CC 1

People often say that cuteness is a religion in Japan, and really they’re only half-joking. Fashion magazines have even broken the faith into sects such as adult cute (otona kawaii), sexy cute (ero kawaii), elegant cute (eleganto kawaii), and the somewhat redundant “cute cute” (kyuuto kawaii).

Just as some of the faithful hold that Jesus’ image at times appears on potato chips and tortillas to remind mankind of his existence, so too do the gods of cuteness occasionally manifest themselves on foodstuffs in Japan.

The smiley faces above appeared in the cross sections of some green onions a Twitter using chef was slicing. He wasn’t the only one to come across the phenomenon, as another cook Tweeted the following, slightly more suspicious-looking green onions, along with his observation that “They look like they’re plotting something.”

CC 2

We’re not sure what the pungent little guys are up to either, but on the other hand, there’s not a trace of malice to be found in the innocent faces in these chunks of cucumber.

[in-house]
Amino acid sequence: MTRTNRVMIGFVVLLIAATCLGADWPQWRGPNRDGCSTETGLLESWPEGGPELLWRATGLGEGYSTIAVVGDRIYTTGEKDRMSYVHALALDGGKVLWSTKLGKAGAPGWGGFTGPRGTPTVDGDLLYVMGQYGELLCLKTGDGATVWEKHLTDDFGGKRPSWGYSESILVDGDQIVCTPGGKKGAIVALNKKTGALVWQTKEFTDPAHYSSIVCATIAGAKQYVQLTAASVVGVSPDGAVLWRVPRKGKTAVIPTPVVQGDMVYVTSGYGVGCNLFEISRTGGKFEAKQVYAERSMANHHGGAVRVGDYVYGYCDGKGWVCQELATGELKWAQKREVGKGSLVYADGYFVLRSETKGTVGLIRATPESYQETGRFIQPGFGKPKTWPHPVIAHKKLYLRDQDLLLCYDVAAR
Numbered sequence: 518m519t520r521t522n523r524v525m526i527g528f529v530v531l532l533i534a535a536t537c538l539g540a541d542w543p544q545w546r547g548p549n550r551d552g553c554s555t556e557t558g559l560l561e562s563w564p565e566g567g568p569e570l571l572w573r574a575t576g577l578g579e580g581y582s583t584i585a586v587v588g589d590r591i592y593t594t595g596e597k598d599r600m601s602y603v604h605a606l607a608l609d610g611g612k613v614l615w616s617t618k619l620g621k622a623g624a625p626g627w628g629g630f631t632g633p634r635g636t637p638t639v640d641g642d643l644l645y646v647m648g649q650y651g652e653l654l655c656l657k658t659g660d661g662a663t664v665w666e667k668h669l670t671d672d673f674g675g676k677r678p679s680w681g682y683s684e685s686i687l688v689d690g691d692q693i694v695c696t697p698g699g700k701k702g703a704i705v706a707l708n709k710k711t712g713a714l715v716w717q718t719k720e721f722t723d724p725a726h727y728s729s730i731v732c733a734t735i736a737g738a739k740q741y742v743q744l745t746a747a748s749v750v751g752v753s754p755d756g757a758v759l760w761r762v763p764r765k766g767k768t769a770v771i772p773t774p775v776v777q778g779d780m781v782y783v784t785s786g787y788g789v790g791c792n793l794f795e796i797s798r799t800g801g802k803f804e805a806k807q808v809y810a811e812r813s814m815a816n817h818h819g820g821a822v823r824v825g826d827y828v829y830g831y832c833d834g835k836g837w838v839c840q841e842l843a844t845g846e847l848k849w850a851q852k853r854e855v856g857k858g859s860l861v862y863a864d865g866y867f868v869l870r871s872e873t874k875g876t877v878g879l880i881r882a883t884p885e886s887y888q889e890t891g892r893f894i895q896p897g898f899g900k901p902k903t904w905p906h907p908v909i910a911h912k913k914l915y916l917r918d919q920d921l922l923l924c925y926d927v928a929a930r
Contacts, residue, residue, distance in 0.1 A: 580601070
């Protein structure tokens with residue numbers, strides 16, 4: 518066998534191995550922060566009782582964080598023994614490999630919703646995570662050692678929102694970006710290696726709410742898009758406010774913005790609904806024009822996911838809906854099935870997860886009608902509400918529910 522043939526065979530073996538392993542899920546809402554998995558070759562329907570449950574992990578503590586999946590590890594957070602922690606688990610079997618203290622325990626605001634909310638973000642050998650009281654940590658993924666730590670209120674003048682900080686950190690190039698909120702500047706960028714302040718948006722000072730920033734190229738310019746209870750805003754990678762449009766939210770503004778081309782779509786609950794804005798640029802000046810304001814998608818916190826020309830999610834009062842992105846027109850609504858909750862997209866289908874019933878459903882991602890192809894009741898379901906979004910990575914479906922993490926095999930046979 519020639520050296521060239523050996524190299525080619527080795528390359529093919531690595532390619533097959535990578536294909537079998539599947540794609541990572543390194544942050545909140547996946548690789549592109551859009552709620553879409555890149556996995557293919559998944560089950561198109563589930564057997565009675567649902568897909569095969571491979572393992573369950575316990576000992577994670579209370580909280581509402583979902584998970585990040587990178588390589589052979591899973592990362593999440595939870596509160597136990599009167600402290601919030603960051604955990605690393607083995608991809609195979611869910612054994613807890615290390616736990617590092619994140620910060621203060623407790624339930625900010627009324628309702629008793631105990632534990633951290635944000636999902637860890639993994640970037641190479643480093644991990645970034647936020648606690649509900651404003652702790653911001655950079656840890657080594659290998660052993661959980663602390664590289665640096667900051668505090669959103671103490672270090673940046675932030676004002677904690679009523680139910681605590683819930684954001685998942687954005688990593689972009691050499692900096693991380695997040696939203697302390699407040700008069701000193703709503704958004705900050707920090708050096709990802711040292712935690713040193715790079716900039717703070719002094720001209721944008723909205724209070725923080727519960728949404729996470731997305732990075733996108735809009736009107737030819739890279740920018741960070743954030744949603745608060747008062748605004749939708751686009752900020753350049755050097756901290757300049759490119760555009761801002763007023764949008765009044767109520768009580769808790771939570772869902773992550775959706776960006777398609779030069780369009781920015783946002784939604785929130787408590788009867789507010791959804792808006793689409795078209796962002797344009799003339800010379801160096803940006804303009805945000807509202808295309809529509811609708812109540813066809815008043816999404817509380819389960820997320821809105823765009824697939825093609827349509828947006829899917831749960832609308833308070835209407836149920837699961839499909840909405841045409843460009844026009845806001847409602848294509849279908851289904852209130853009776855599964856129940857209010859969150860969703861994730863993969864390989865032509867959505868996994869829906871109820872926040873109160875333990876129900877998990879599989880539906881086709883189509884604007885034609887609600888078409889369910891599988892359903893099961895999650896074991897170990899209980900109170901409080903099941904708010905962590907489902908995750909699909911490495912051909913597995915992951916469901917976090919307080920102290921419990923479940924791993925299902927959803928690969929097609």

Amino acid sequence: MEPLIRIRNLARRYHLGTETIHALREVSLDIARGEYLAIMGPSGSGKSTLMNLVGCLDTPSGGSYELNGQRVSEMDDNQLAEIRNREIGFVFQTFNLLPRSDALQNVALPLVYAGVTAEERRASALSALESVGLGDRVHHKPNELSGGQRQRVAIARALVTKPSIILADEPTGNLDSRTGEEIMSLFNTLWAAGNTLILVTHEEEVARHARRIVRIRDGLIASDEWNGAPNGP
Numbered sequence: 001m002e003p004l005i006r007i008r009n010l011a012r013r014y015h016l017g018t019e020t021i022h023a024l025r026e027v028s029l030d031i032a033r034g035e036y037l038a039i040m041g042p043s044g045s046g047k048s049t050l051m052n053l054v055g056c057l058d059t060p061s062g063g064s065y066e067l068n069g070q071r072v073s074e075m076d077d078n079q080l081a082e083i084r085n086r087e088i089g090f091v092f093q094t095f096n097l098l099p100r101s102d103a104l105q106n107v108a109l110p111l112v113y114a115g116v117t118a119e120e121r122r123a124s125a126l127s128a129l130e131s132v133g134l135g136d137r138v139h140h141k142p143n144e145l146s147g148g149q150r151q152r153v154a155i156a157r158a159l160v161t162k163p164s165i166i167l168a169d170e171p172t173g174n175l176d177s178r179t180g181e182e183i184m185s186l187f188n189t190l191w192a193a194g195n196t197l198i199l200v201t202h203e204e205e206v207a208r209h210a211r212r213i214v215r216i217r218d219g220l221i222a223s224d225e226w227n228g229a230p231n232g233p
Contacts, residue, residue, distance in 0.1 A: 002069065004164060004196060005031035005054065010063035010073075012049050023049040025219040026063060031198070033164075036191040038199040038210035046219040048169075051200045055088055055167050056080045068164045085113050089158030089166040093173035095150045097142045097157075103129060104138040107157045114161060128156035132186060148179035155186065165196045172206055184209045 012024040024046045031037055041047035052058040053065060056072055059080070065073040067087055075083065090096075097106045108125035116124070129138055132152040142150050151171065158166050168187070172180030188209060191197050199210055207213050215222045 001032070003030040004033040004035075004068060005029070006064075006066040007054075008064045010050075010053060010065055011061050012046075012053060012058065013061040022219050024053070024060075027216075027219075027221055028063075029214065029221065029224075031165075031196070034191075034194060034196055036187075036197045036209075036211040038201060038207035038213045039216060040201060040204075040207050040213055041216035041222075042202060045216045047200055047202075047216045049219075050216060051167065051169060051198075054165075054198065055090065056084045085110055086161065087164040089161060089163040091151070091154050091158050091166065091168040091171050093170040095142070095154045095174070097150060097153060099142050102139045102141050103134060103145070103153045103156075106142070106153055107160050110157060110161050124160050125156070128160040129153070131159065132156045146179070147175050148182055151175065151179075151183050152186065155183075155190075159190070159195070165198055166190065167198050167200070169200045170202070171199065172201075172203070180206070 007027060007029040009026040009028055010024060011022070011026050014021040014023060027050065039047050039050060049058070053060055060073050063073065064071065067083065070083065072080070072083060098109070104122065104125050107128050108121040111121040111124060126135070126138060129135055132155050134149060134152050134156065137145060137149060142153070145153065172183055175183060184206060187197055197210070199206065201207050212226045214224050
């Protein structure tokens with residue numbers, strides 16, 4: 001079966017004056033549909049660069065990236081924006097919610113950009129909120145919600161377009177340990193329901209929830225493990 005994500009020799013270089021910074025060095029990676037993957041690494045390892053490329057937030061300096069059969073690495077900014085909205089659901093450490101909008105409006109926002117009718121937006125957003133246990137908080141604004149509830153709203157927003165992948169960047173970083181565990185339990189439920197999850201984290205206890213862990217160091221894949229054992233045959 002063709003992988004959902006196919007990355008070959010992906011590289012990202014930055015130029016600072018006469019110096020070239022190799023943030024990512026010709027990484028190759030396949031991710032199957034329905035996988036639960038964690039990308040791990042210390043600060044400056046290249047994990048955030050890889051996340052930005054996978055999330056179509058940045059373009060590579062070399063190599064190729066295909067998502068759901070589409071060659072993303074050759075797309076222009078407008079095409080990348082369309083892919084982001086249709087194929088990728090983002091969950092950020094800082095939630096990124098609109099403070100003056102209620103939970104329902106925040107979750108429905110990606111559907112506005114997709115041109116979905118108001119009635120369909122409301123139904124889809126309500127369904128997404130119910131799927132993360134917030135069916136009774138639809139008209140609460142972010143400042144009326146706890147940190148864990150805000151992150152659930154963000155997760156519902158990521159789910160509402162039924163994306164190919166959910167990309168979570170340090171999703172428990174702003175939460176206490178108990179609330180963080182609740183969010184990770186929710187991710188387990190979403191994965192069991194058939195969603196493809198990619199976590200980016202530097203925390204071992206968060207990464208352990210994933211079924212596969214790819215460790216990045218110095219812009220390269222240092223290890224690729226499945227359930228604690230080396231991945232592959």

CC 3

These green pepper halves are also purely benign, with an expression that clearly says, “Go ahead, eat us. We don’t mind. It’s our pleasure to nourish you!”

CC 6

On the other hand, with their furrowed brows and mouths gaping open in shock, these cucumber slices don’t look nearly as thrilled about their one-way trip to the digestive tract.

CC 4

Moving from scared to scary, if this red pepper is going down, it’s going down fighting, apparently on its way to some vegetable Viking Valhalla. We’ll leave it to you to decide if that’s a battle scar under its right eye, or if it’s shedding a single tear that it’s life of traumatizing diners is coming to an end.

CC 5

These sightings aren’t exclusive to vegetables either, as shown by the cat’s paw found inside some sliced citrus, which we’re hoping is cute enough to distract those of you who can’t stand puns while we make the obligatory “sour puss” joke.

CC 8

That’s all we have for now, but with cucumbers in season and diced green onions being a standard condiment for the summertime dish of cold soba, we probably haven’t seen the last of our cute but edible visitors.

▼ P.S. The green onions love you.

CC 7

Source: Hachima Kikou
Top image: Twitter
Insert images: Twitter, Twitpic